Bulgarian PM chides minister over threats on Turkey's EU bid

Borisov scolded his minister over threats against Turkey's bid to join the European Union.

Bulgarian PM chides minister over threats on Turkey's EU bid

Prime Minister Boiko Borisov scolded his minister over threats against Turkey and indicated that a compensation issue for a refugee case dating back to 1913 was not linked to Turkey's bid to join the European Union.

Turkish Foreign Minister warned Sofia to avoid remarks that may harm ties between the neighbouring countries.

Ahmet Davutoglu said, "It is in both countries' interests that Turkey-Bulgaria relations, which constitute a very good model, remain the way they are."

On Tuesday, minister Bozhidar Dimitrov said his country would block Turkey's accession to the European Union unless Turkey agreed to pay the compensation.

Dimitrov had said Bulgaria planned to speed up the collection of documents so it could submit a claim estimated at $20 billion against Turkey by the end of the year.

More than 250,000 ethnic Bulgarians were expelled from eastern Thrace, lying on the western side of the Bosphorus, in 1913. Turkey recognised the rights of the refugees in a 1925 treaty, but the agreement was never implemented, Dimitrov said.

"What happened in the history did not happen as a unilateral immigration. Nearly two million Turks had to leave their homes in Bulgaria and they headed back to Turkey. And any discussion of these historical issues needs a wider and a comprehensive debate. But the continuation of the friendly relations between Turkey and Bulgaria is in the good of both countries. There is great benefit in avoiding from making such statements which might harm the friendship," Davutoglu said.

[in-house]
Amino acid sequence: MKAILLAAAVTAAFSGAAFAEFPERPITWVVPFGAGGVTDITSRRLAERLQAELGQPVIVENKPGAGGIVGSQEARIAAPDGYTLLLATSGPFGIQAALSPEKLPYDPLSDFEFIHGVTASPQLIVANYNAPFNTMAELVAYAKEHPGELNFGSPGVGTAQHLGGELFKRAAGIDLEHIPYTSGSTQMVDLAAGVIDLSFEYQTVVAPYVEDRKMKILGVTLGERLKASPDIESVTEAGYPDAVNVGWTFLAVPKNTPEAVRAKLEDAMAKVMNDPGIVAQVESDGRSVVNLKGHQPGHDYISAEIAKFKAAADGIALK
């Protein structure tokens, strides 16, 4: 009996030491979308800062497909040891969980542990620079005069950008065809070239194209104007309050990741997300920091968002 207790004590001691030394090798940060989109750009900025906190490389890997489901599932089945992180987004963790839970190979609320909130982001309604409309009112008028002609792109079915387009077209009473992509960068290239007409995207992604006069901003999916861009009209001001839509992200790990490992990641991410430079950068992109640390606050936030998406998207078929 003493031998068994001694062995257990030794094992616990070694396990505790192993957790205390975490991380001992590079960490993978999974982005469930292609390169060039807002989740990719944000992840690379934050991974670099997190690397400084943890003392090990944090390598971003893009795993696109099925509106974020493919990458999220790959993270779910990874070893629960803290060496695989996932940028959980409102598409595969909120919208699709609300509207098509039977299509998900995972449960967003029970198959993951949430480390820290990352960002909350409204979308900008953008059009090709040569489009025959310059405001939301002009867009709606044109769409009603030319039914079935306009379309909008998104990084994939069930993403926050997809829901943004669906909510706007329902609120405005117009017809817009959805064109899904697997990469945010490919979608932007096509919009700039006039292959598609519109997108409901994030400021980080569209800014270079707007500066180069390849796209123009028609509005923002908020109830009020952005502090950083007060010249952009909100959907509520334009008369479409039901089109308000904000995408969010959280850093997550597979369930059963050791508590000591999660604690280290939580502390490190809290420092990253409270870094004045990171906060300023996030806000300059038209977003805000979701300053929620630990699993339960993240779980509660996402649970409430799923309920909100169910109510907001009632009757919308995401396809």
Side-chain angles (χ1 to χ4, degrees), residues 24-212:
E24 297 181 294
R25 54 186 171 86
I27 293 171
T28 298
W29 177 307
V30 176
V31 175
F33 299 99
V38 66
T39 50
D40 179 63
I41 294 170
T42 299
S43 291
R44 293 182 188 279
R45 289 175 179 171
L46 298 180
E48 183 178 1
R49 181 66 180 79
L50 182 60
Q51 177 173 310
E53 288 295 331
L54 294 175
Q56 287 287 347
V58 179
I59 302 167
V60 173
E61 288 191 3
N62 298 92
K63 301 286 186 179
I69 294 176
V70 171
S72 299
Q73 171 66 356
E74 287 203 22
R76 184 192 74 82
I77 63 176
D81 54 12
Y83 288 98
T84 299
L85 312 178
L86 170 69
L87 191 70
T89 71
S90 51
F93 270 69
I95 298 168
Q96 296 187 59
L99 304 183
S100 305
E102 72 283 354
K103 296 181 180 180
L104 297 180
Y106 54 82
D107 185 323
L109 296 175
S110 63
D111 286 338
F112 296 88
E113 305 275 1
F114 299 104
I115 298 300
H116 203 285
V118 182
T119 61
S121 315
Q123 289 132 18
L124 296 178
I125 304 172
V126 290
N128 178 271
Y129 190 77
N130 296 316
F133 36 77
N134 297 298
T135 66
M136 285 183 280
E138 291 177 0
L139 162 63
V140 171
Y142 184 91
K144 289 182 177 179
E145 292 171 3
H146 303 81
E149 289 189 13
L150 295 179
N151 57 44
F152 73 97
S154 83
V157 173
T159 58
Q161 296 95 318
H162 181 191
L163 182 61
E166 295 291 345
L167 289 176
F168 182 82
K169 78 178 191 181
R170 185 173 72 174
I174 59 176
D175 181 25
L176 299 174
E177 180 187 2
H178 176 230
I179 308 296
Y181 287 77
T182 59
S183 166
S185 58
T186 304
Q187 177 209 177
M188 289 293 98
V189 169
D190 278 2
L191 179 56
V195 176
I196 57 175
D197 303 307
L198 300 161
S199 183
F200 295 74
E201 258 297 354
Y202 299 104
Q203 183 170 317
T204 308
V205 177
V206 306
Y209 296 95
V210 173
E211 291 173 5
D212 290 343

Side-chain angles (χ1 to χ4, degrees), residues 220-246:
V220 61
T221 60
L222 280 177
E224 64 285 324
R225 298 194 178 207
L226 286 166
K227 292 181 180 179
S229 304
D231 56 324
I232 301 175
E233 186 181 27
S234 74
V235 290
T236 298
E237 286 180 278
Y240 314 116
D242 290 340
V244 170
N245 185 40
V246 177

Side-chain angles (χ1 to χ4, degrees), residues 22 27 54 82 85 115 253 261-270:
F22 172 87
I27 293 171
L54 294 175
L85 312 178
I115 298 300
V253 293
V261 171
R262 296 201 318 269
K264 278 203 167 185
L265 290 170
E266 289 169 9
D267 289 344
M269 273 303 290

Bulgarian Turks were forced to leave the country during the so-called "revival process" at the end of the 80s. A "revival process" launched by the late communist dictator Todor Zhivkov to forcibly assimilate Muslims culminated with a campaign to force them to change their names, and the exodus of over 300,000 ethnic Turks to neighbouring Turkey in 1989.

"No direct link"

Borisov, due to visit Turkey later this month or in early February, said Dimitrov's statement did not reflect the official position of the centre-right government, which took office in July.

"I have warned Mr Bozhidar Dimitrov that we will simply part ways if something similar happens again," Borisov told private BTV channel late on Wednesday.

"When you announce such things without the prime minister, the government or the parliament having discussed it, you do not do it in your capacity as historian or head of a museum. You directly engage the prime minister and create a problem."

Dimitrov, who oversees the Agency for Bulgarians Abroad and the state archives, is a historian and former head of the Bulgarian National Museum.

A government spokesman said Sofia was supporting reforms in Turkey and any bilateral issues, like the compensation one, have no direct link with the European Union's expansion.

According to Amnesty International, at least 100 Muslims died in his four-month campaign to force them to change their names to Bulgarian, which banned the Turkish language in public. It also banned the wearing of headscarves and other Islamic customs such as circumcision and funeral rights.

Muslims make up about 12 percent of the Balkan country's 7.6 million people and they are native in European Union member-Bulgaria. Most are the descendants of ethnic Turks who arrived during five centuries of Ottoman rule that ended in 1878. Muslims and Christians live alongside in a culture known as "komshuluk," or neighbourly relations.

Bulgaria joined the 27-member bloc in 2007.


Related news report:

Turkey's FM denies Bulgaria compensation claims

Güncelleme Tarihi: 07 Ocak 2010, 16:43